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Cristiana Soares Soares Ronconi, Flavio Siqueira Santos Lopes, Flavio E Hirai, Marcia Keiko U Tabuse, Ivan Maynart Tavares, Christiane Rolim de Moura; SURGICAL RESULTS OF TRABECULOTOMY AND GONIOTOMY FOR PRIMARY CONGENITAL GLAUCOMA: DATA AFTER NEW AMBULATORY SURGICAL CENTER FACILITIES. Invest. Ophthalmol. Vis. Sci. 2014;55(13):4499.
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To evaluate the results of trabeculotomy and goniotomy in primary congenital glaucoma.
Charts of patients submitted to trabeculotomy or goniotomy at the Department of Ophthalmology, Federal University of São Paulo, between January 2011 and January 2013, were reviewed retrospectively. Inclusion criteria were: diagnosis of PCG, surgical indication for trabeculotomy or goniotomy and minimum postoperative follow up of 8 months. Exclusion criteria were: presence of ocular or systemic disease and/or other causes that could cause secondary glaucoma. Patients with previous ocular surgery as well those whose angular surgery was converted to filtering surgery intraoperatively (trabeculotomy-trabeculectomy) were also excluded. Data on corneal diameter, biometry, fundoscopy and measurement of the intraocular pressure were analyzed pre and postoperatively. Failure criterion was the need of filtering surgery.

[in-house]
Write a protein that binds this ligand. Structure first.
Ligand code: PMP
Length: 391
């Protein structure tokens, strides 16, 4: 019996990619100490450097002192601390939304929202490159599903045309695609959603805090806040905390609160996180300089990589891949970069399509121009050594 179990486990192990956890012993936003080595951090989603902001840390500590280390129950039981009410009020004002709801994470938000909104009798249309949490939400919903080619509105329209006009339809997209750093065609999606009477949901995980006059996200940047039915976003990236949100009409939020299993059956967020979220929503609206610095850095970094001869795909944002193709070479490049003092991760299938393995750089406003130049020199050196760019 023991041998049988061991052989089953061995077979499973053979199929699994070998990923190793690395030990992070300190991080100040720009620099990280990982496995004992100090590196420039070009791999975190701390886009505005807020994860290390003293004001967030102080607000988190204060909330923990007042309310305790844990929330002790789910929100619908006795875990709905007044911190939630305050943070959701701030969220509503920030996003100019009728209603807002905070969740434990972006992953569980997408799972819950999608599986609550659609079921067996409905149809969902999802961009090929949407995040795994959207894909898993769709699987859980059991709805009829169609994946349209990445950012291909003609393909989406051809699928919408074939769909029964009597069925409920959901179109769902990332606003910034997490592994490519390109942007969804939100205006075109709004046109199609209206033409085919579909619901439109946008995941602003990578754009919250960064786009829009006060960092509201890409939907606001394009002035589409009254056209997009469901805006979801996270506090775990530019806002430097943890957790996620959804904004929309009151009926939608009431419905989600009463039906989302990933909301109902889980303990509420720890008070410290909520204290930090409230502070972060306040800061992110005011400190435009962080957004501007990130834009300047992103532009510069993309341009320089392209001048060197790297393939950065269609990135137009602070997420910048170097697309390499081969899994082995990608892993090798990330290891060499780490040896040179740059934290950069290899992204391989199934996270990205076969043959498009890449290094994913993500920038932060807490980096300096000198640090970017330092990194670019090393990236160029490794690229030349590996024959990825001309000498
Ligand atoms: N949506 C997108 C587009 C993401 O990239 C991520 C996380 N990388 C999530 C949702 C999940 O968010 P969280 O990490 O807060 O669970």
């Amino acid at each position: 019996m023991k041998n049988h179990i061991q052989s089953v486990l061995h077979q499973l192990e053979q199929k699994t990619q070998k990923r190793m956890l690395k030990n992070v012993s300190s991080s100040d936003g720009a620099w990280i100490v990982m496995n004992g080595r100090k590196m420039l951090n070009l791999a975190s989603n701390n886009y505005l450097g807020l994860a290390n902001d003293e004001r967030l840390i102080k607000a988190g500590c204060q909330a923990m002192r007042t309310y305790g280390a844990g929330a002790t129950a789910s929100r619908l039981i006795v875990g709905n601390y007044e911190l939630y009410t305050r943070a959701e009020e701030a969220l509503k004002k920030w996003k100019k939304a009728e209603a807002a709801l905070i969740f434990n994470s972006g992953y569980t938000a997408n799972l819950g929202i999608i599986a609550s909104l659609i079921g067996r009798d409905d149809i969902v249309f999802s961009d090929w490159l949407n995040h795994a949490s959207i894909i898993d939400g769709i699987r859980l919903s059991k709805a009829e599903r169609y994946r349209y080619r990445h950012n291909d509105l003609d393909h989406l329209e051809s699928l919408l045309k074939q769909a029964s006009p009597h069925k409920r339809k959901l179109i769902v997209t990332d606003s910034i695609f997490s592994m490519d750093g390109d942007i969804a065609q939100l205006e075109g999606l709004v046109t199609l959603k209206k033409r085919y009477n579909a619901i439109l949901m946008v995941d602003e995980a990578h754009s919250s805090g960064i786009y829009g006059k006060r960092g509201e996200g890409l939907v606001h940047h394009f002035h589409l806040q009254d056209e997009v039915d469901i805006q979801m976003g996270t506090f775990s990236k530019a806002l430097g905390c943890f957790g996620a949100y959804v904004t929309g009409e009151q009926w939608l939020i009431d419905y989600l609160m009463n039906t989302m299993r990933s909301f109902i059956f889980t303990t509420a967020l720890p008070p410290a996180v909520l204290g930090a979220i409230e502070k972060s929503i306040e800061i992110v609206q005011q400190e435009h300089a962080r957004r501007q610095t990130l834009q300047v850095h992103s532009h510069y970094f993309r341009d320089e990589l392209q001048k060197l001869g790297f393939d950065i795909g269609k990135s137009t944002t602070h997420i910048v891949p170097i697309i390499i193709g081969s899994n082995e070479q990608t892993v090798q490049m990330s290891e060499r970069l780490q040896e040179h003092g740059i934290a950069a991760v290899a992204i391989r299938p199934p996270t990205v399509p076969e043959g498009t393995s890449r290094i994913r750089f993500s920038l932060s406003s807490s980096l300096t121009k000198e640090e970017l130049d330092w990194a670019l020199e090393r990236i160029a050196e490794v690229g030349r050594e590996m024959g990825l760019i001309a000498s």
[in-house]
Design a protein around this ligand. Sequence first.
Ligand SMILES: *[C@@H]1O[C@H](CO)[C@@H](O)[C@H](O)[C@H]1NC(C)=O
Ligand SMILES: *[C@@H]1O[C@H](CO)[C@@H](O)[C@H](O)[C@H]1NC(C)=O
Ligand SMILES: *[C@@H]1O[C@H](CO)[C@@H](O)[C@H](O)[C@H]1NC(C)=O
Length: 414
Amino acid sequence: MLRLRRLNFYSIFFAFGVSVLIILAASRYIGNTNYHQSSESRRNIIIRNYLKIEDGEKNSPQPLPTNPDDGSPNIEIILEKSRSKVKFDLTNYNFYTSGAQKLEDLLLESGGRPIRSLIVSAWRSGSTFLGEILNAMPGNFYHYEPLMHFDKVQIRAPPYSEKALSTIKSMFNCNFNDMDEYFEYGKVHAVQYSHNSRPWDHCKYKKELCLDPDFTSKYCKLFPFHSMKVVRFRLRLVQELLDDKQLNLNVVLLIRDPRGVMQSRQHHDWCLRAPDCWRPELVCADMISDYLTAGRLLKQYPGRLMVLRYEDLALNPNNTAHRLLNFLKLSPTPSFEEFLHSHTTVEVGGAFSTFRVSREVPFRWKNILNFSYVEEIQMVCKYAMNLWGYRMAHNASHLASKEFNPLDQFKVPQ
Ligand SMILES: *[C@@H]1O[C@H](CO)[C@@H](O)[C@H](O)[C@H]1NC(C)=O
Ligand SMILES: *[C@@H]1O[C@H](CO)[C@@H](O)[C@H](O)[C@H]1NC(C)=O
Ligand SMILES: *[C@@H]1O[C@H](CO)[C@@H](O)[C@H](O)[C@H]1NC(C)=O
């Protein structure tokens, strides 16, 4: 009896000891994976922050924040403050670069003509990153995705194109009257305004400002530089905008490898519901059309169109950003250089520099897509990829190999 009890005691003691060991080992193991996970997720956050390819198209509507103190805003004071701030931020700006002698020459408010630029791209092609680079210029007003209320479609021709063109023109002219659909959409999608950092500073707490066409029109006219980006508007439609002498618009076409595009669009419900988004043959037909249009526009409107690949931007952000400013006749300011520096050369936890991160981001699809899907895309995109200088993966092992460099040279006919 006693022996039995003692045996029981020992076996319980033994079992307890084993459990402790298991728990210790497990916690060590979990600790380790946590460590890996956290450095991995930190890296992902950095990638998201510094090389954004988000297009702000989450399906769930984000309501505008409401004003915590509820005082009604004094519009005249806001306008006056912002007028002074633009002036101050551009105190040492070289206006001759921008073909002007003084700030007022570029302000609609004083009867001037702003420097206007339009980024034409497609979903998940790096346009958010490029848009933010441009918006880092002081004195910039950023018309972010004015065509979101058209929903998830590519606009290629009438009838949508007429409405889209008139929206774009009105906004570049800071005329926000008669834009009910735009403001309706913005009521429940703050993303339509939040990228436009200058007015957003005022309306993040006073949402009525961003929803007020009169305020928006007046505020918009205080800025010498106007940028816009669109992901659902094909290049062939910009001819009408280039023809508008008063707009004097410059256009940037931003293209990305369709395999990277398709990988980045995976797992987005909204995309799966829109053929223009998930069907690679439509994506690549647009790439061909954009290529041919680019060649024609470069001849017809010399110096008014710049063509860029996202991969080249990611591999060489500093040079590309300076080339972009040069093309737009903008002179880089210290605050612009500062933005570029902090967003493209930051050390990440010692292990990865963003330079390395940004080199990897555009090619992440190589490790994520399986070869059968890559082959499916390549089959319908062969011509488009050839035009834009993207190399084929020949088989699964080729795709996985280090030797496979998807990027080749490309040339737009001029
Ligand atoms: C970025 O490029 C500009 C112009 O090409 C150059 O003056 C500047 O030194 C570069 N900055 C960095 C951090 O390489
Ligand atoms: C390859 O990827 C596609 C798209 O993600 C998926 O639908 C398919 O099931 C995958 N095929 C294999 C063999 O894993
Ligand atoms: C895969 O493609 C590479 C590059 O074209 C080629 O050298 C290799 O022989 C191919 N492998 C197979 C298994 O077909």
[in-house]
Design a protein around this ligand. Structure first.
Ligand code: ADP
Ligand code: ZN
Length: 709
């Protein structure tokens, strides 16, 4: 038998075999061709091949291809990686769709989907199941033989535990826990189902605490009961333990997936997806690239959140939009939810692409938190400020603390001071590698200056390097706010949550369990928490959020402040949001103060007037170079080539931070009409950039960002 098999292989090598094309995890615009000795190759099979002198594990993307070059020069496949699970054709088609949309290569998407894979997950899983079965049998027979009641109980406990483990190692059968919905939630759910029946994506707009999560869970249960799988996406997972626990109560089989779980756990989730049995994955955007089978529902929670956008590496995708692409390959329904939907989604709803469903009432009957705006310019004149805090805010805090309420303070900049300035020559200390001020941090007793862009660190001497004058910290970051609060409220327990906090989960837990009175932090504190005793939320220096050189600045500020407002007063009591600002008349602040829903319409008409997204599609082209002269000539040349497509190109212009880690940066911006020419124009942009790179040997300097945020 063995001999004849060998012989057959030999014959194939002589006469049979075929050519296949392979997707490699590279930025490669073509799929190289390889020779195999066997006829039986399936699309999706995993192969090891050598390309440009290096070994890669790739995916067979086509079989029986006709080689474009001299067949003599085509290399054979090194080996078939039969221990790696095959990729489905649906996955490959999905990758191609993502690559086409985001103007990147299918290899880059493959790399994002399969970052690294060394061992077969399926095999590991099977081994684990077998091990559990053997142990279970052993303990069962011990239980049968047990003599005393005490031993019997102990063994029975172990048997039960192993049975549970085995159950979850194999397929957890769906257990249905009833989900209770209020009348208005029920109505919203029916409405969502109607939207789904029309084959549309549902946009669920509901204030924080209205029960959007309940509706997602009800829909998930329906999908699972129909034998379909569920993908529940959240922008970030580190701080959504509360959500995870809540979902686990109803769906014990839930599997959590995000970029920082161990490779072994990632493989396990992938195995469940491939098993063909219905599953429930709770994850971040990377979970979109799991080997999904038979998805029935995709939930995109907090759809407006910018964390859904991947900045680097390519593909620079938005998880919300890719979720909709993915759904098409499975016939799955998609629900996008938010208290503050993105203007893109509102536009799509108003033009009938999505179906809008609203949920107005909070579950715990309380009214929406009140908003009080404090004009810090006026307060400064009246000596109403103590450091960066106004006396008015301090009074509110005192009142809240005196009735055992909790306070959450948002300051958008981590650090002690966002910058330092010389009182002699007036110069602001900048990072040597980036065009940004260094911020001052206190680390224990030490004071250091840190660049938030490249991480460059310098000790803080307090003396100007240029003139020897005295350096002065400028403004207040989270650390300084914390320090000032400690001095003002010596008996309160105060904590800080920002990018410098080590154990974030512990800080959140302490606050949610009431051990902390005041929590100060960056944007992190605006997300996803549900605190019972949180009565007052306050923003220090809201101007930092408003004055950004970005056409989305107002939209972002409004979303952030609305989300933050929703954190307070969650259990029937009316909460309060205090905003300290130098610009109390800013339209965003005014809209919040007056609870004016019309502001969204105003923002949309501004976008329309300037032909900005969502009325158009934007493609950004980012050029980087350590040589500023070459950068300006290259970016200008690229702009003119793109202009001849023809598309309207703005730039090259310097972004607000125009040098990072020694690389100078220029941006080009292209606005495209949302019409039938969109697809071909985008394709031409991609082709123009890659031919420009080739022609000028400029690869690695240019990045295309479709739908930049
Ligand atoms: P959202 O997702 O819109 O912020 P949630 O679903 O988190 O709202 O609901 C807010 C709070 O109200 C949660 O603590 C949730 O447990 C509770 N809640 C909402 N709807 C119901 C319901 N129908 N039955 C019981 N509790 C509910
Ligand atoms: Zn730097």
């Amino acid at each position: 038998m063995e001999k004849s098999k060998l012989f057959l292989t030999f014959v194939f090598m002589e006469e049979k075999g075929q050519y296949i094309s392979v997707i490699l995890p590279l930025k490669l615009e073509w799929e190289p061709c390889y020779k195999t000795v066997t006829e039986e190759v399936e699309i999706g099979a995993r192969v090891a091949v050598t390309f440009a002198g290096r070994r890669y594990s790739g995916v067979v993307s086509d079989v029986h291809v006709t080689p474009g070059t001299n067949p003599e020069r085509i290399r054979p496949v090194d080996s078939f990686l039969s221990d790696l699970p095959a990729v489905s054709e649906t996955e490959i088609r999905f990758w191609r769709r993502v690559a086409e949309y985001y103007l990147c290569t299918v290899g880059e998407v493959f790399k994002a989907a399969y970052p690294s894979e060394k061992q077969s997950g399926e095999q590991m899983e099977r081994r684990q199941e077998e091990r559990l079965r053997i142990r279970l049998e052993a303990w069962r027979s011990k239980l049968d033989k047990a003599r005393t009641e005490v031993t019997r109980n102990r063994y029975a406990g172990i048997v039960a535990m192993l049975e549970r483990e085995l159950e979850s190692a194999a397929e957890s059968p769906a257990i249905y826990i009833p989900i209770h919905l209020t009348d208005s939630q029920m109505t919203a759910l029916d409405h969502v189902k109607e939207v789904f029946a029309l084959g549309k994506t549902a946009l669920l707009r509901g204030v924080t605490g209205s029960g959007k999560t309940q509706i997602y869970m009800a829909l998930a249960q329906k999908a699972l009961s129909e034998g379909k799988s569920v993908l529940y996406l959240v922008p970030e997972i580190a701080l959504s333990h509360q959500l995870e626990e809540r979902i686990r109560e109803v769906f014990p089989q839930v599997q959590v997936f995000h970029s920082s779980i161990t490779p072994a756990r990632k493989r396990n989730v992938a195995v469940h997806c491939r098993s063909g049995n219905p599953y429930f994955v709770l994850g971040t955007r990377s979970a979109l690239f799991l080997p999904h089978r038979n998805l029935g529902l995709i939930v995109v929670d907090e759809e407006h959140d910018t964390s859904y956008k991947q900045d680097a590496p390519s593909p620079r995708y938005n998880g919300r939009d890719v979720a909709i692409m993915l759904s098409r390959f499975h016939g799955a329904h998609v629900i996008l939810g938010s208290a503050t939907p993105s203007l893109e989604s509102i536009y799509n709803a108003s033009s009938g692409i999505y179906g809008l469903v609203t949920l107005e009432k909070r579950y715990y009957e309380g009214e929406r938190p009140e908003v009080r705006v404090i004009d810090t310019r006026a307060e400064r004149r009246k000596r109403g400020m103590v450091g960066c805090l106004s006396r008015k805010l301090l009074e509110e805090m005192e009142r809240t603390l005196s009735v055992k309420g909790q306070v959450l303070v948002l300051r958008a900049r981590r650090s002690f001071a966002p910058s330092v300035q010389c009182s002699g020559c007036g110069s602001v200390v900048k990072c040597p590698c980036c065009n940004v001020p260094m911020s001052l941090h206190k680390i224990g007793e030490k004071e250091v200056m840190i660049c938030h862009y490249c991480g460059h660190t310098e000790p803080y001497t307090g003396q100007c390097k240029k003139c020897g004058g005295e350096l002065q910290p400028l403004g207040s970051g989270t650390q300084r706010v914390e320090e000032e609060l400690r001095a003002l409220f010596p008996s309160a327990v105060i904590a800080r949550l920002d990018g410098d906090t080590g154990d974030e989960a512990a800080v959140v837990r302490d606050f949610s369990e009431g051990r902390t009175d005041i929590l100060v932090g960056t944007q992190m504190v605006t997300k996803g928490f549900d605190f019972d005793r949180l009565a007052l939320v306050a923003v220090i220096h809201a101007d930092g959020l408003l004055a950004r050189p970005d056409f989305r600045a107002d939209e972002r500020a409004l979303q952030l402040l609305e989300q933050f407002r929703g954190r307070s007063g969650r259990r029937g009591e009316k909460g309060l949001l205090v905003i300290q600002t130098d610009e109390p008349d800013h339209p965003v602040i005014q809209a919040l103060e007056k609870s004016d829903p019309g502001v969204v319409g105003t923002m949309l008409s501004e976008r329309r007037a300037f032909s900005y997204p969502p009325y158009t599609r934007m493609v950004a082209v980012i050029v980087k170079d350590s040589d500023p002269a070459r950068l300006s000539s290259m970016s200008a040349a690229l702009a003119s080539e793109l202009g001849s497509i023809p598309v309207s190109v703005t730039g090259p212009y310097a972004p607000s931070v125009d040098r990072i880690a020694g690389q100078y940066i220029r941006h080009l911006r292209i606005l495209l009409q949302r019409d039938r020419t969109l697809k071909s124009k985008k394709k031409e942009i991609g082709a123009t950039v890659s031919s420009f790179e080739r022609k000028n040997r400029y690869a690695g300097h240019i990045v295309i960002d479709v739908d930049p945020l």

Among the patients who were submitted to surgery in the determined period, 21 eyes (12 patients) met the inclusion criteria. Eleven of these patients were male, and in only four of them the disease was unilateral. Of these selected eyes, 17 had trabeculotomy as the first intervention, while four had goniotomy. Five (25%) patients needed an extra angular surgery (four trabeculotomies and one goniotomy) and, at the end of follow up (mean, 17.62 months), five (25%) patients had been submitted to filtrating surgery (mitomycin-C augmented trabeculectomy).
Although inferior to the ones described in developed countries, the present success rate is higher than the one described 10 years ago. This improvement is credited to the implementation of new ambulatory surgical center facilities, in which patients can be submitted more frequently to under anesthesia exams, and promptly retreated when necessary. However, the delayed diagnosis and difficulty access to the public health system are still limitations for achieving higher surgical success rates.
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